In both cases, during each measurement, the receiver is centered in both the x and y directions. A qualitative comparison of both output signals indicates that the dispersion introduced by the curved-surface waveguide is comparable to that introduced by the flat-surface one. Furthermore, the respective spectra (shown in the inset) indicate that there is relatively more low-frequency content in the output signal corresponding to the curved-surface waveguide. We note that this is consistent with an apparent reduction in the diffraction losses in the vicinity of 0.1 THz (design frequency) for the curved-surface waveguide, as predicted by the theoretical results.

We also image the electric field at the output of the waveguides in a plane perpendicular to the axis of propagation. The THz receiver is raster-scanned in a 20 × 60 mm2 grid, in steps of 1 mm. The detected time-domain waveforms obtained from raster-scanning were Fourier transformed and their field amplitudes were used to plot two-dimensional false color plots at specific frequencies. These plots shown in Fig. 4
Fig. 4 Two dimensional color plots showing the electric field distribution measured across the output face of a flat-surface PPWG and curved-surface waveguides with curvature radii of: R = 6.7 cm, R = 20 cm, and R = 50 cm. Panels (a) and (b) are for the frequencies of 0.1 THz and 0.3 THz, respectively.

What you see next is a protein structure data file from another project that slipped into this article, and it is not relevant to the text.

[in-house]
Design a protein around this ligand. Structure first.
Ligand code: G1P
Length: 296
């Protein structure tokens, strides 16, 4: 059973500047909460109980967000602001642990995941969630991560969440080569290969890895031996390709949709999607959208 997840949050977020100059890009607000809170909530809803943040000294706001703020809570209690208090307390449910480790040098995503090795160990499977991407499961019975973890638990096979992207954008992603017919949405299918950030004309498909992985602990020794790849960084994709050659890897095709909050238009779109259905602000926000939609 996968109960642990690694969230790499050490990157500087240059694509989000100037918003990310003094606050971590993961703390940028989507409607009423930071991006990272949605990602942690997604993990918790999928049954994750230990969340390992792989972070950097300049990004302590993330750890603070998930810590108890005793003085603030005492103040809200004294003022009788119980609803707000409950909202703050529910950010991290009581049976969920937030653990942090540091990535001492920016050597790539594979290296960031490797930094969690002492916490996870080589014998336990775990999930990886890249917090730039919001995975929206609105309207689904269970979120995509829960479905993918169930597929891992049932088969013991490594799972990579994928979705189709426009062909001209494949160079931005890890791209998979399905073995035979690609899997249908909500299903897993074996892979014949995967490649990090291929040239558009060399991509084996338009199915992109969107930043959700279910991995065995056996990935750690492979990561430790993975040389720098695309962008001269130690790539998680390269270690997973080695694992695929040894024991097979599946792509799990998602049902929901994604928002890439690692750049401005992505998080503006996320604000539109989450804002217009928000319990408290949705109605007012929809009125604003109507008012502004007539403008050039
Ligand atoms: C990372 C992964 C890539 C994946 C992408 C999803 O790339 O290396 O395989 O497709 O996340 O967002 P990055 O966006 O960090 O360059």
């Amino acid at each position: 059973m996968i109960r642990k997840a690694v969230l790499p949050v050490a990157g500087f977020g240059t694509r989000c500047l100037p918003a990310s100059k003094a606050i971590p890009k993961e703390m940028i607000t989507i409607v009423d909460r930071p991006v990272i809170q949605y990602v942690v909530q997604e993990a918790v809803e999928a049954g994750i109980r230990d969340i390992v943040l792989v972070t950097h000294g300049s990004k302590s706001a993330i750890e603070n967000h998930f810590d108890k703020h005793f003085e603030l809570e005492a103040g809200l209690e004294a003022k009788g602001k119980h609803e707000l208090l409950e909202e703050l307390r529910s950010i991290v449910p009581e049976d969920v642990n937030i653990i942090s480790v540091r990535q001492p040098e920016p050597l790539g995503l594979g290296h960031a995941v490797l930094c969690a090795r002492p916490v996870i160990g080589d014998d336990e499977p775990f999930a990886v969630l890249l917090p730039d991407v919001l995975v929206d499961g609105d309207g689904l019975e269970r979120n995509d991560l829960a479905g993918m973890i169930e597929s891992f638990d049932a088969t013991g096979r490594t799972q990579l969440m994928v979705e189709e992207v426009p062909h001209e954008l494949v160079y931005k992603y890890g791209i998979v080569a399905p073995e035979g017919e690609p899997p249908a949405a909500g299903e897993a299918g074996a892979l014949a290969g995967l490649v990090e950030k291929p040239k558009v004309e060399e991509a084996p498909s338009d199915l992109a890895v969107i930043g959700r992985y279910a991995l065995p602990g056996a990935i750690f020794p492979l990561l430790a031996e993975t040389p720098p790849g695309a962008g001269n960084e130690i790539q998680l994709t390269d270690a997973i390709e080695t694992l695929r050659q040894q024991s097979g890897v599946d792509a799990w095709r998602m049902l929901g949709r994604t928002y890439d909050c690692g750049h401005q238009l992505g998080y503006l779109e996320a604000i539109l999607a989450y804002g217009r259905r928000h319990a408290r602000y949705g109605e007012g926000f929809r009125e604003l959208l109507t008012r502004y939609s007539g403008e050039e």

give the electric field distribution for a flat-surface waveguide, and for curved-surface waveguides with curvature radii of R = 6.7 cm, 20 cm, and 50 cm.

Panels 4(a) and (b) correspond to the frequencies of 0.1 THz and 0.3 THz, respectively. It is evident that at each frequency, the waveguide with the radius of curvature R = 6.7 cm exhibits the most energy confinement. In Fig. 4(a), at a frequency of 0.1 THz, we observe the best improvement in energy confinement with R = 6.7 cm, as predicted by our numerical simulation results and analytical derivations. Furthermore, we note that in general, the improvement in energy confinement diminishes with increasing frequency.